What are blood products and their uses?

What are blood products and their uses?

A blood product is any therapeutic substance derived from human blood, including whole blood and other blood components for transfusion, and plasma-derived medicinal products. Medicinal (medical therapeutic) products derived from human donations of blood and plasma play a critical role in health care.

What are blood components PDF?

The four main components of blood are red blood cells, white blood cells, plasma, and platelets.

How are blood products stored?

Blood is an excellent culture medium for bacterial growth; therefore it is stored in approved refrigerators at 2-6°C, where it has a shelf life of 35 days from donation.

How is plasma stored?

Plasma is usually stored frozen, at −18 ºC for a year or at −65 ºC for seven years. Once thawed, it can be kept at 1–6 ºC for 5 days. Under these conditions, bacterial contamination has not been a problem.

What are the components of blood products?

3.3: Blood products These are classified as blood components prepared in the blood transfusion centre (red cells, platelets, fresh frozen plasma and cryoprecipitate) or plasma derivatives manufactured from pooled plasma donations in plasma fractionation centres (such as albumin, coagulation factors and immunoglobulins).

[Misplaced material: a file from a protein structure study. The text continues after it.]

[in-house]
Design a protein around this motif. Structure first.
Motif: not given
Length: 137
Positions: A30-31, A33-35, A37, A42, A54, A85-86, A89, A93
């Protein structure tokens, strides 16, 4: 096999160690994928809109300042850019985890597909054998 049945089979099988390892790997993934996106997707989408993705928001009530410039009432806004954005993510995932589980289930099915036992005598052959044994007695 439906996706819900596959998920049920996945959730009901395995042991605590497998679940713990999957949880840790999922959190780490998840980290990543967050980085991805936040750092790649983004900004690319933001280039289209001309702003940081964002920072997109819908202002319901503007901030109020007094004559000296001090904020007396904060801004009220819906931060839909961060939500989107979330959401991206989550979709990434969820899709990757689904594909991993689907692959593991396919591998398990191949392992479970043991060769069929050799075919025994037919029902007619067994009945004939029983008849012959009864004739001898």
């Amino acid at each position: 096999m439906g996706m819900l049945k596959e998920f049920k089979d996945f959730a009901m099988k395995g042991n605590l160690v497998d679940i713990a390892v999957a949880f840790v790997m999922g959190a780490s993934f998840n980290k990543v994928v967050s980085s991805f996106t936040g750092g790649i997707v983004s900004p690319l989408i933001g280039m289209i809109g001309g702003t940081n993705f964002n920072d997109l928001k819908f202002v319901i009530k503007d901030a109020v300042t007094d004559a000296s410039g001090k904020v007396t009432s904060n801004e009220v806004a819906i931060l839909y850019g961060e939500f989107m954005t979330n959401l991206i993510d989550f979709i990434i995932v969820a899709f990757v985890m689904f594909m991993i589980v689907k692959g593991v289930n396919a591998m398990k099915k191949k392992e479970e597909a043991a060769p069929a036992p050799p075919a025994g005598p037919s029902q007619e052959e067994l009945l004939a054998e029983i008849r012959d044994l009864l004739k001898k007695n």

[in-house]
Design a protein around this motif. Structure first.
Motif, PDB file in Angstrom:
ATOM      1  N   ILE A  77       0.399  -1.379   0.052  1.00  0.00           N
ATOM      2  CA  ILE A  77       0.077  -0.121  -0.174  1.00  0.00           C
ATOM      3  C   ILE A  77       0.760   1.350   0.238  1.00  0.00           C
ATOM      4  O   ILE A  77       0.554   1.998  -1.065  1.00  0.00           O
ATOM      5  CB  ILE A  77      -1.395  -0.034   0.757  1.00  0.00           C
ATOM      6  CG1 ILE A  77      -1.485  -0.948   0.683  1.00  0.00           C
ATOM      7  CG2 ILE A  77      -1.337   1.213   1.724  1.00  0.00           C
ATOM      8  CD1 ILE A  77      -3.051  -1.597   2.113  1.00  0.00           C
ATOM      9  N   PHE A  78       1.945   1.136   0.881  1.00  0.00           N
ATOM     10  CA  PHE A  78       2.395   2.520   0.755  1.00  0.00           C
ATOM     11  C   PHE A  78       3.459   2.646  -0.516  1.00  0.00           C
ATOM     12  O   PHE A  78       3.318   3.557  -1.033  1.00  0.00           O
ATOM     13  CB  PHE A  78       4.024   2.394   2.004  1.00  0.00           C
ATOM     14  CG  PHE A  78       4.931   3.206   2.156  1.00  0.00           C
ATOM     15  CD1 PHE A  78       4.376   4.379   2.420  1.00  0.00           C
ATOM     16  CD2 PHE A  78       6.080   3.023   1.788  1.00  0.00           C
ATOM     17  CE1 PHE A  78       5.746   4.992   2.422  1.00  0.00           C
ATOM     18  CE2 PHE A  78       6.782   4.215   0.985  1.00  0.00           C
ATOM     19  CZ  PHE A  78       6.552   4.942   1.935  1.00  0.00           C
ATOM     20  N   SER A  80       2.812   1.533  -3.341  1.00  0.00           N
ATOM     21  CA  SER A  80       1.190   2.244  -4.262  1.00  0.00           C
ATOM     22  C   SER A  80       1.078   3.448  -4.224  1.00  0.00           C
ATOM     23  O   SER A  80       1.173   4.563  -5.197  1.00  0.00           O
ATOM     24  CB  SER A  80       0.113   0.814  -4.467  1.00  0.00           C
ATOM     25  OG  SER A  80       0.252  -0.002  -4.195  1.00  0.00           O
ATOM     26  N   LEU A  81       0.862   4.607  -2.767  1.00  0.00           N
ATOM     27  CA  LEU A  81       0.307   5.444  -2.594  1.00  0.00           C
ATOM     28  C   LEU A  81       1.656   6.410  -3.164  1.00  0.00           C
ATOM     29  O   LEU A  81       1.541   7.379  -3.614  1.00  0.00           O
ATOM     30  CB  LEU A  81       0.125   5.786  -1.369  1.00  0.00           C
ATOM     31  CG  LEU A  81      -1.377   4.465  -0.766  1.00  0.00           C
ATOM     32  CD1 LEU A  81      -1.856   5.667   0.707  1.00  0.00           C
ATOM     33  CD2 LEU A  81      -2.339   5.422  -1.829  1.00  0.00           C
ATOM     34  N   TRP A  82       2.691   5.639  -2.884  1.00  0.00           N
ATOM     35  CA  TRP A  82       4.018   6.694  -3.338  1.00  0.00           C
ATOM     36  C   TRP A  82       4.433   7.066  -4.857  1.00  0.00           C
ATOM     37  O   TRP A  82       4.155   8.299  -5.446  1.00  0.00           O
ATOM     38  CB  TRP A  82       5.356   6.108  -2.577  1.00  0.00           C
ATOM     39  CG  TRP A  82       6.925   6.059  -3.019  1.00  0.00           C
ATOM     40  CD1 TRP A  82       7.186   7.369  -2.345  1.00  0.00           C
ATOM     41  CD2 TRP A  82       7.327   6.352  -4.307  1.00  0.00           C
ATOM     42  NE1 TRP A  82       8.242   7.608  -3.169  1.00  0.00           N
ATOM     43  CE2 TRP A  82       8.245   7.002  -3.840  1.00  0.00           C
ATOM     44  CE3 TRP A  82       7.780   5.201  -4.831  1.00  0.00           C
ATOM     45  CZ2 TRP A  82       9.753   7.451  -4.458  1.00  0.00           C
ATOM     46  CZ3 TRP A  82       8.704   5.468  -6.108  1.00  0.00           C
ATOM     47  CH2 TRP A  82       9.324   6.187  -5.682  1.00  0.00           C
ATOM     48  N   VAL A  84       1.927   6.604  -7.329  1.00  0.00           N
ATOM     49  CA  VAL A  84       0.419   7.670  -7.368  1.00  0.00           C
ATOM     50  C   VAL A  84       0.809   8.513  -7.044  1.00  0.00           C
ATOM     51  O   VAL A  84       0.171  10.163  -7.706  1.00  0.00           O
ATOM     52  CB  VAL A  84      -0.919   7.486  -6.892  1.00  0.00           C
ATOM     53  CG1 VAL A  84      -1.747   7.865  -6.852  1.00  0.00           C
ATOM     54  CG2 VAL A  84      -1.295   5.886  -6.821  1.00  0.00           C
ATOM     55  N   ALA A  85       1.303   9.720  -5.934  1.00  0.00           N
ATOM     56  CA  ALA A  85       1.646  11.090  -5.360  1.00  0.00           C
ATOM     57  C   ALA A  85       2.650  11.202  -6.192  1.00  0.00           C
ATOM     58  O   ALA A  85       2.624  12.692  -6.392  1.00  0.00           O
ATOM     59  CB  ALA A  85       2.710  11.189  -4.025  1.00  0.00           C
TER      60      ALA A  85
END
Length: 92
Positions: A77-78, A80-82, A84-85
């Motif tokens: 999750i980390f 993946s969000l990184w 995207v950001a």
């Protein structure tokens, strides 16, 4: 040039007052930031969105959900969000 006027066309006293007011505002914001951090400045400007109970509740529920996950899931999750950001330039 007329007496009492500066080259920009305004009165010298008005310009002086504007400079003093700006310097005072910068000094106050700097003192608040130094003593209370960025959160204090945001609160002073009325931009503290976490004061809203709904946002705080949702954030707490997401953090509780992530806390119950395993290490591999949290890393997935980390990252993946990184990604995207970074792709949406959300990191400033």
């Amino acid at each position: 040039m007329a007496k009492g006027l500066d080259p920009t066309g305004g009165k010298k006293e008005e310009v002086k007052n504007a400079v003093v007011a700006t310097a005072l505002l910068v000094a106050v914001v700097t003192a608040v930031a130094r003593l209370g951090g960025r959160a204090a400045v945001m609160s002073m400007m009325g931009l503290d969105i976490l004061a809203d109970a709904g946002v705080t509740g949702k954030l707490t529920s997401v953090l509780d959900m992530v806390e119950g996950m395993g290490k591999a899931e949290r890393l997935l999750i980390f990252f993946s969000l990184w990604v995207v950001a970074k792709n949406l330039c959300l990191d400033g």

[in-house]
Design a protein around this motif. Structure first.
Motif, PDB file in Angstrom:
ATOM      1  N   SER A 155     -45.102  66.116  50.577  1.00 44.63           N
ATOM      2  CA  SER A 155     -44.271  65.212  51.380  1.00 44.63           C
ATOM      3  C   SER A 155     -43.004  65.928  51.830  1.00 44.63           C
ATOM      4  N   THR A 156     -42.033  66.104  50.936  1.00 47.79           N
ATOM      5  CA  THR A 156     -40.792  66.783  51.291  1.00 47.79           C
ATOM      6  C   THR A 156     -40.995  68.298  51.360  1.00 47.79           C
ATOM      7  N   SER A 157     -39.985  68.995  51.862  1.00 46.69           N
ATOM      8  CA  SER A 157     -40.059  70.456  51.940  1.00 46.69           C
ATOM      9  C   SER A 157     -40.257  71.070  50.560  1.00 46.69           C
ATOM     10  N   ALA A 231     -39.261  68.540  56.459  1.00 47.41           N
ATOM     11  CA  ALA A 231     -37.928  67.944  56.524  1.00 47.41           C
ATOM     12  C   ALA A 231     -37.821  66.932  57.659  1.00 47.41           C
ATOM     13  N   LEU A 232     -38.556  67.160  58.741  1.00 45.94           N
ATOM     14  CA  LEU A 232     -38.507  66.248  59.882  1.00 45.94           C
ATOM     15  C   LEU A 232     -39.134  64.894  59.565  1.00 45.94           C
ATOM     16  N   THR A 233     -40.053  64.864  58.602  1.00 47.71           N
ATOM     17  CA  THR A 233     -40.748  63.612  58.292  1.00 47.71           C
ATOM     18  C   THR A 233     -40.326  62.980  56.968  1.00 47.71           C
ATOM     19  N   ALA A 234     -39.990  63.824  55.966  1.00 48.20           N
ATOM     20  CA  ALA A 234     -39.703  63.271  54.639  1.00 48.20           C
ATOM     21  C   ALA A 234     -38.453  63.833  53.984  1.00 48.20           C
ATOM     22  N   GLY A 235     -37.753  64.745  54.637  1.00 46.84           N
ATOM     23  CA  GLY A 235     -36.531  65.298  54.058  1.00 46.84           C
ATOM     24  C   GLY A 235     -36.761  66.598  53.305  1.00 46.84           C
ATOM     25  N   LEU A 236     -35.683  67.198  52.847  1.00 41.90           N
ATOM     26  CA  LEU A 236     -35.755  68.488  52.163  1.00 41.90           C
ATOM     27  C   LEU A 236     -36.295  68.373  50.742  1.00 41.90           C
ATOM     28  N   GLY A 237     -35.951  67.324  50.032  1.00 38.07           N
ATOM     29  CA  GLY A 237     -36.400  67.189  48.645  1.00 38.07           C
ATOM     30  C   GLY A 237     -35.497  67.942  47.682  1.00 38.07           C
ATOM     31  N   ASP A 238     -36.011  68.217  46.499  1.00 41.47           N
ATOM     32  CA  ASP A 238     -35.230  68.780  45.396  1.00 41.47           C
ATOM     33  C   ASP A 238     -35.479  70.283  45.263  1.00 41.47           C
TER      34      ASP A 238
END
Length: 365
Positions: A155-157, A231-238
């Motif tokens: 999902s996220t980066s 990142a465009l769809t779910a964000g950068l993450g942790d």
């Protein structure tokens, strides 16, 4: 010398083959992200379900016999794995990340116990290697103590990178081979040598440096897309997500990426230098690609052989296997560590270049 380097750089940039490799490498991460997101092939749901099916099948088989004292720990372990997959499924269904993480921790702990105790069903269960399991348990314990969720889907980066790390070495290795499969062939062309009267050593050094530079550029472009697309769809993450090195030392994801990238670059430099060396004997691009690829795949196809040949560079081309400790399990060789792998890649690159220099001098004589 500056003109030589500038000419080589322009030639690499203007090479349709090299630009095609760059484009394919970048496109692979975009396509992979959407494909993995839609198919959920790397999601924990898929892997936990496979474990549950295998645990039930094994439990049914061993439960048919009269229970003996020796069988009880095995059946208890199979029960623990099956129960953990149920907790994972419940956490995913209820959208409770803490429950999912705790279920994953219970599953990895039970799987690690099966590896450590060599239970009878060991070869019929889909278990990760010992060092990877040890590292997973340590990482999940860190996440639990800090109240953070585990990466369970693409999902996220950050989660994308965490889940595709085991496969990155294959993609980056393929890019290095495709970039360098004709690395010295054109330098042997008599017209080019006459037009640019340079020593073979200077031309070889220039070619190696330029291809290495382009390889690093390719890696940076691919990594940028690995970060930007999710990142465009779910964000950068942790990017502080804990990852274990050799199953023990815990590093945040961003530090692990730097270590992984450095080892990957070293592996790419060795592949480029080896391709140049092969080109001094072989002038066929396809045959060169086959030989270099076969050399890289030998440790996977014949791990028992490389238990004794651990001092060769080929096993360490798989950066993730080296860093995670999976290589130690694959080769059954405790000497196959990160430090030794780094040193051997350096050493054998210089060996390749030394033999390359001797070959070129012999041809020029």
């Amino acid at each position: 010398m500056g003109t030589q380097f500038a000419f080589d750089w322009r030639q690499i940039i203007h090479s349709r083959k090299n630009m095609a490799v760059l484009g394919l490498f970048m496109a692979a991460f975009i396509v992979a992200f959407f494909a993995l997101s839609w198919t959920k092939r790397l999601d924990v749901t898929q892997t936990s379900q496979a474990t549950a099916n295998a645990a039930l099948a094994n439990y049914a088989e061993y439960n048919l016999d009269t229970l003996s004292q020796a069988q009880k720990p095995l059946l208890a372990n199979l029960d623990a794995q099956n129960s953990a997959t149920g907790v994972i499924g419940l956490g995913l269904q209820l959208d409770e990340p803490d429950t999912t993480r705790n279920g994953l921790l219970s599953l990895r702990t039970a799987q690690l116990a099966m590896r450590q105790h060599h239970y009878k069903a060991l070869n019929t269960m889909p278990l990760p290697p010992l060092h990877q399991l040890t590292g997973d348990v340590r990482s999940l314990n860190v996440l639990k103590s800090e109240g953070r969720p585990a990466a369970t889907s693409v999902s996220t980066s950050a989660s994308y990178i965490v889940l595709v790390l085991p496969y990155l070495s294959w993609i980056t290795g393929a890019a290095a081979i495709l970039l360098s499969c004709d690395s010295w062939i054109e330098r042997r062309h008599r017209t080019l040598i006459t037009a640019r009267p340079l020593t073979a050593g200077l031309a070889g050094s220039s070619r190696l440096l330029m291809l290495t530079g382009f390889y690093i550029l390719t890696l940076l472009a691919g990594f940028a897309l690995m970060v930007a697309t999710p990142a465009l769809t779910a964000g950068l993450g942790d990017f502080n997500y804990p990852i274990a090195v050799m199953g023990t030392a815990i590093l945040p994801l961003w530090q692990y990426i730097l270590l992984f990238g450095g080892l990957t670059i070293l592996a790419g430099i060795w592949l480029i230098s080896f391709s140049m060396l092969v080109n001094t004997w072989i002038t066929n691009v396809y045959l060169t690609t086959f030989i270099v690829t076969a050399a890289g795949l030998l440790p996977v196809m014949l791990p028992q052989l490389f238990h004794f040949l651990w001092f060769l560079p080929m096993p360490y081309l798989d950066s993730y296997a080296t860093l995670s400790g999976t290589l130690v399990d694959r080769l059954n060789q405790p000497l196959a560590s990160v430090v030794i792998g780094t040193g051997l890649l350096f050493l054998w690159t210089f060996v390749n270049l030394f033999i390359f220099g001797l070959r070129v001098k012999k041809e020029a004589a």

What is the purpose of blood product transfusion in adults?

A more recent article on blood product transfusion in adults is available. Red blood cell transfusions are used to treat hemorrhage and to improve oxygen delivery to tissues. Transfusion of red blood cells should be based on the patient’s clinical condition.

Can whole blood be used for Blood Component Therapy?

Whole blood is now rarely used for transfusion. Blood component therapy makes clinical sense as most patients require a specific element of blood, such as red cells or platelets, and the dose can then be optimised.

What are the clinical applications of blood?

As a clinically relevant product, blood is widely used to treat several disease conditions. Currently, unlike earlier times, transfusion of whole blood is not encouraged, since not every patient requires all the components of blood at a given time.